This is a FDA approved medicine and hence you can select the medicine which you free get viagra like based your choice. I know who you are and when I need to save some money I stash cash in that compartment and always forget about it hop over to this page generico cialis on line for some reason. I have learned that life generic levitra for sale is of great importance as well. Second, we require technologies that translate emergent knowledge canadian cialis no prescription into practice.

Güd wrtr, Haag’s website and blog, often gives a peek into her travels, hardships and adventures — often accompanied by photos taken by Dick Schmidt and, in some cases, featuring original or quoted poetry. In a recent post, she bragged proudly over three now-obsolete newspaper vending boxes she collected. With help from Sacramento State University journalism instructor Timi Poeppleman and author Anne Da Vige, her backyard is now decorated with boxes from Sacramento News & Review, The Sacramento Bee and the San Francisco Chronicle.

“When [The Bee was] giving them away last year, Randy [Allen, photo adviser and former colleague] and I never got it together to be able to do that,” Haag said. “They’re in an area of the backyard that my late husband, Cliff — who was a photojournalist for the Vacaville Reporter — used to call the ‘Urban Jungle.’ That’s my tribute to Northern California journalism. If the apocalypse came tomorrow and those somehow survived, someone would wonder ‘Who was this?’”

Within hours of each of her posts on social media, Haag racks up a substantial number of comments, likes and reactions. She jokes that she gets many more “likes” when she mentions Dick Schmidt. Whether or not that’s the case, the attention her posts get are proof that she has developed a community of appreciative followers by helping others throughout her life.

Photo: Dick Schmidt

Haag called former student Steph Rodriguez a remarkable student, adding, “I swear to god, that woman can write anything. She’s so versatile.” Rodriguez was editor-in-chief at City College’s out-of-print magazine Mainline, as well as the Express’ physical newspaper from 2008-2011. 

“[Jan’s] someone who always offered such sound advice about the ups and downs of the media industry, especially at a local level. Her door was always open, and I appreciated that,” Rodriguez said. “She is someone I hold in high esteem for giving someone like me the confidence to pursue a career in such a competitive and quickly changing industry. I wish more professors were like her.”

Once Haag had emptied her office, she arranged for Margaret Lednicky, City College’s director of operations, to take over feeding the feral cats on campus — which she’d been feeding for years by the temporary buildings that sit across from Hughes Stadium. With all of those boxes checked, Haag said she could begin her next chapter.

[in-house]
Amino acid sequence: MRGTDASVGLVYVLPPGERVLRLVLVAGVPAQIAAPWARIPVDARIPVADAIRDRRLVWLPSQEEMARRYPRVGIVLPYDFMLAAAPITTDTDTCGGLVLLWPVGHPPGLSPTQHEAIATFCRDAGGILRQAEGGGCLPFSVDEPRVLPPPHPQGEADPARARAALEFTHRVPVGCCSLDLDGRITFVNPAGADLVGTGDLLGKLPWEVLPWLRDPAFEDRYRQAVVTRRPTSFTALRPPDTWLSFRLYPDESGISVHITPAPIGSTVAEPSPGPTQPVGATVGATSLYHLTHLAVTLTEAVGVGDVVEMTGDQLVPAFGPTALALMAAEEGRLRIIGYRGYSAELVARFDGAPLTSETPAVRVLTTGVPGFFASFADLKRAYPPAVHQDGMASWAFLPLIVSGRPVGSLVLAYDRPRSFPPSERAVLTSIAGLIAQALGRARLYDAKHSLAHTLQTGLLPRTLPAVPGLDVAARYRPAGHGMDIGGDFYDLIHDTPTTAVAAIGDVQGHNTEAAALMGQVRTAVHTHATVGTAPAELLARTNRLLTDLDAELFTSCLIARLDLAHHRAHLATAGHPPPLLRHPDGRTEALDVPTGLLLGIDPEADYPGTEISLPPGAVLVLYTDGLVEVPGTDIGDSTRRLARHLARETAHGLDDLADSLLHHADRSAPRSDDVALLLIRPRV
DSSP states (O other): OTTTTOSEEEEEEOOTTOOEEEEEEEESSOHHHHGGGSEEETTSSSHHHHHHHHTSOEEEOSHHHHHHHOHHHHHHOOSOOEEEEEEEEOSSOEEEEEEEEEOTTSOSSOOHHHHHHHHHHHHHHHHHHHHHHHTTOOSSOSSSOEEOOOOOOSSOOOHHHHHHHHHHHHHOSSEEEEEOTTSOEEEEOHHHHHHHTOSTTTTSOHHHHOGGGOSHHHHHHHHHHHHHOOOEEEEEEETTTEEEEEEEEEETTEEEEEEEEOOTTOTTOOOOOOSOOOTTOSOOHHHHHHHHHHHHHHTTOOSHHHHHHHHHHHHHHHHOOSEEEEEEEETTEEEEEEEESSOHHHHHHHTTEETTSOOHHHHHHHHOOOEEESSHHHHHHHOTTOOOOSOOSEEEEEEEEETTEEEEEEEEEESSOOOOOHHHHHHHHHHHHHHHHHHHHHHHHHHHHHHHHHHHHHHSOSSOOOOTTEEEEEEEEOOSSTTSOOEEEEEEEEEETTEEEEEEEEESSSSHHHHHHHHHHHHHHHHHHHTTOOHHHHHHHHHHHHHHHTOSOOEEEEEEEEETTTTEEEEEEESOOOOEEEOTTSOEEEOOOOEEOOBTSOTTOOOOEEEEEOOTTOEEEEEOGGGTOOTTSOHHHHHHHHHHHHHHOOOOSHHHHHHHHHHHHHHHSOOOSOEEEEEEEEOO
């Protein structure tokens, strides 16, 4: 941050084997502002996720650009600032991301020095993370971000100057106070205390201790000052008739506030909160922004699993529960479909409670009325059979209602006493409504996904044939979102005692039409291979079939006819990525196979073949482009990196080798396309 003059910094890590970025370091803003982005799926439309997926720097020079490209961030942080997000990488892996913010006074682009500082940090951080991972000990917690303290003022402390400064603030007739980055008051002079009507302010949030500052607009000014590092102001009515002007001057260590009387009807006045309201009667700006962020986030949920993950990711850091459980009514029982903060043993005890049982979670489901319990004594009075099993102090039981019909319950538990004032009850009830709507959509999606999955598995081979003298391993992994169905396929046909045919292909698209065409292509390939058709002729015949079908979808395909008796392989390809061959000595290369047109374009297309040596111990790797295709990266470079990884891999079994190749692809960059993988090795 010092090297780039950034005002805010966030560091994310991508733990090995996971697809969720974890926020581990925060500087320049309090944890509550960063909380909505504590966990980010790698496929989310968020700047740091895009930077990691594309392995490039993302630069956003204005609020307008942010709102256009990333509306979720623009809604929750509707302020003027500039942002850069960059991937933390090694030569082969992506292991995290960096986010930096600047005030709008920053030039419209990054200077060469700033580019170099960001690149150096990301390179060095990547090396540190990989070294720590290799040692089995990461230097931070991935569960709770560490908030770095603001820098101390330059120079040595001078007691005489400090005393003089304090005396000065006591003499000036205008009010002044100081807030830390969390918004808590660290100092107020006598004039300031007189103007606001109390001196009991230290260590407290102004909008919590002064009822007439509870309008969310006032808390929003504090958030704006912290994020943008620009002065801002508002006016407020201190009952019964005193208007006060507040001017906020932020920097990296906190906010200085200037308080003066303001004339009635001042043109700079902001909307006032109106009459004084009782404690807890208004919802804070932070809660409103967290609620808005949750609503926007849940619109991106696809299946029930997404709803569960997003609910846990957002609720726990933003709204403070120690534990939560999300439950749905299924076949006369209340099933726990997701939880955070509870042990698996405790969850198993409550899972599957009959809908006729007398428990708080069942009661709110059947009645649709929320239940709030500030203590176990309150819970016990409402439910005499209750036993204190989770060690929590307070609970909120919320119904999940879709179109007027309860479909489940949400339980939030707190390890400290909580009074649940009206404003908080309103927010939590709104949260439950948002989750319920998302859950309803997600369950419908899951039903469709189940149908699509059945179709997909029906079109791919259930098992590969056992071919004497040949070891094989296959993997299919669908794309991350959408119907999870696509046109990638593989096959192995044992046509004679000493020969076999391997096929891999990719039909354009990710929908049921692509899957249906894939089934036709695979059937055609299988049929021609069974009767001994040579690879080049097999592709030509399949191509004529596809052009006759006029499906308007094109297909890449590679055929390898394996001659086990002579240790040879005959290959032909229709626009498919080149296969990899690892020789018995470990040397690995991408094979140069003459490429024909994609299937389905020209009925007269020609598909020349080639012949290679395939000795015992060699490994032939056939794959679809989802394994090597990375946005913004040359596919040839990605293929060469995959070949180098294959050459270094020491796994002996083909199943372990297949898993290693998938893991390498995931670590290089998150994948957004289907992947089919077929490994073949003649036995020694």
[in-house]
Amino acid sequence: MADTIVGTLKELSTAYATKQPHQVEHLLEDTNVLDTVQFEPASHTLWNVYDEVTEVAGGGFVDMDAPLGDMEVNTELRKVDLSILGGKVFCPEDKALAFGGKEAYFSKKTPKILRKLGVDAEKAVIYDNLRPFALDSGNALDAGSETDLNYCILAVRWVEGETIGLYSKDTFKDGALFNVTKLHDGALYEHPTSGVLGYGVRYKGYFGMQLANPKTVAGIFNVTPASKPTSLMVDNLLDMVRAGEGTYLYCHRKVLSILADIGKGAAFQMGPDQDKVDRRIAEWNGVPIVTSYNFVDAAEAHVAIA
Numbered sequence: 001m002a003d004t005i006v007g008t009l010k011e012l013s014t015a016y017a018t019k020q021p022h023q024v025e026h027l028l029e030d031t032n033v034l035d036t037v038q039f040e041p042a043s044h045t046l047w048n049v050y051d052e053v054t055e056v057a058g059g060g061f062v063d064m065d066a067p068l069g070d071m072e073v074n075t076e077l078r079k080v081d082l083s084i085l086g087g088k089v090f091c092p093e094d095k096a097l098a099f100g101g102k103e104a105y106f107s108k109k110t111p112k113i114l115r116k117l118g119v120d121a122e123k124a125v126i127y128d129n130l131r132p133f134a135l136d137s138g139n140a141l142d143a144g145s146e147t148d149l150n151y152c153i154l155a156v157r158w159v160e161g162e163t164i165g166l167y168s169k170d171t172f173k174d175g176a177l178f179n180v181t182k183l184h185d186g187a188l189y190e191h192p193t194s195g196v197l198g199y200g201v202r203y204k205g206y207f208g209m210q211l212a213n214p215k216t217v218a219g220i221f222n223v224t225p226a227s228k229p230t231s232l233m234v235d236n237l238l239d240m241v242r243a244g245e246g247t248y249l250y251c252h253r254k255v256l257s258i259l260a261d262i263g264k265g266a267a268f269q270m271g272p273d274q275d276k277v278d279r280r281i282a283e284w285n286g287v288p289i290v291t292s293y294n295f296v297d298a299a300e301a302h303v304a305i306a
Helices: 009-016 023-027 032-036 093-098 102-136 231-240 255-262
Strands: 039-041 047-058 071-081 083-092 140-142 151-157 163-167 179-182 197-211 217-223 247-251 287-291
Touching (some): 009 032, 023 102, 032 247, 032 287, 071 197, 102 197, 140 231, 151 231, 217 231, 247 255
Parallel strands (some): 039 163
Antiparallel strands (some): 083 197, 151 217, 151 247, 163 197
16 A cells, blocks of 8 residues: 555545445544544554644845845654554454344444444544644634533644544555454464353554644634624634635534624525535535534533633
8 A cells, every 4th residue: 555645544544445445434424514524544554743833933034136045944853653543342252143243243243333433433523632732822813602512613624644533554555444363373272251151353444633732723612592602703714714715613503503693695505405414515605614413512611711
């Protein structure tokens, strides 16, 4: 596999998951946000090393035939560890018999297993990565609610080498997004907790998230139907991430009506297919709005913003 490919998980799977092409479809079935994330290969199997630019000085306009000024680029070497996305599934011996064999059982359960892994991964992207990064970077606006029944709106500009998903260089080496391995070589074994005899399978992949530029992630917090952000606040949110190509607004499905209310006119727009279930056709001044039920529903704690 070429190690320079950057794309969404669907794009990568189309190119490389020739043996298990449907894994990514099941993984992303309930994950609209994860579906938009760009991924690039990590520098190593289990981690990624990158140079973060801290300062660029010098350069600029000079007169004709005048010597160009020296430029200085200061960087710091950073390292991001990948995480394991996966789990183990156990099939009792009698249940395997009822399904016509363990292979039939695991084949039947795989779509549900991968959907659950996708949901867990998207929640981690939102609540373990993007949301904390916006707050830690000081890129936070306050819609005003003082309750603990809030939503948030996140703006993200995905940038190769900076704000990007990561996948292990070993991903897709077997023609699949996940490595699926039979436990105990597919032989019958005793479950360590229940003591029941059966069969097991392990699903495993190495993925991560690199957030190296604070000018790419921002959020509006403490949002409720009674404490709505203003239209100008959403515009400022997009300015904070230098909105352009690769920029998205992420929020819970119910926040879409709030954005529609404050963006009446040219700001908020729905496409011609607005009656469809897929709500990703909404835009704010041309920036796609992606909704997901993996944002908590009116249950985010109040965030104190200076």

Photo: Dick Schmidt

“I resolved to take naps and sleep a lot. Especially during the first month, I certainly did a lot of that,” Haag said. “There’s been a surprising amount of activity. People kept saying ‘What are you going to do?’ and I keep saying, ‘What I normally do in summer. Live the rest of my life.’

When the statewide tier system restricted gatherings, Haag was unable to hold the writing groups she hosted before the pandemic. She’s now been able to resume those groups 2-4 times a month. In some cases, she hosts the workshops virtually to accommodate the smaller number of attendees she prefers for each session.

She said the writing she does in those groups — similar to what she’d done in her Writing as a Healing Art class at City College — provide the people who attend a much-needed outlet.

“When campus was shut down…the only class I continued weekly [virtually] was Writing as a Healing Art. I had only five or six people every week, but those people were so happy they had a place to write,” Haag said. “I ran three or four of those a week during summer 2020 because I had so many people wanting to do that kind of writing and [I] had writing of my own I wanted to vent about.”

The vast difference in free time overlapped with an increase in COVID-19 vaccinations. As society began ramping back up for the first time in two years, Haag spoke of having the opportunity to spend time with friends in times of need, as well as doing a lot of her own self-care.

“There’s some loss and certainly, I miss [my students and colleagues], but it’s also a joyful moment for me. I’m walking like crazy,” she said, “I have time for walks and naps. I’m happily busy enough with the stuff I most want to do. That’s what I wanted from retirement.”

Leave a Comment
Donate to The Express

Your donation will support the student journalists of Sacramento City College. Your contribution will allow us to purchase equipment and cover our annual website hosting costs.

More to Discover
Donate to The Express

Comments (0)

All The Express Picks Reader Picks Sort: Newest

Your email address will not be published. Required fields are marked *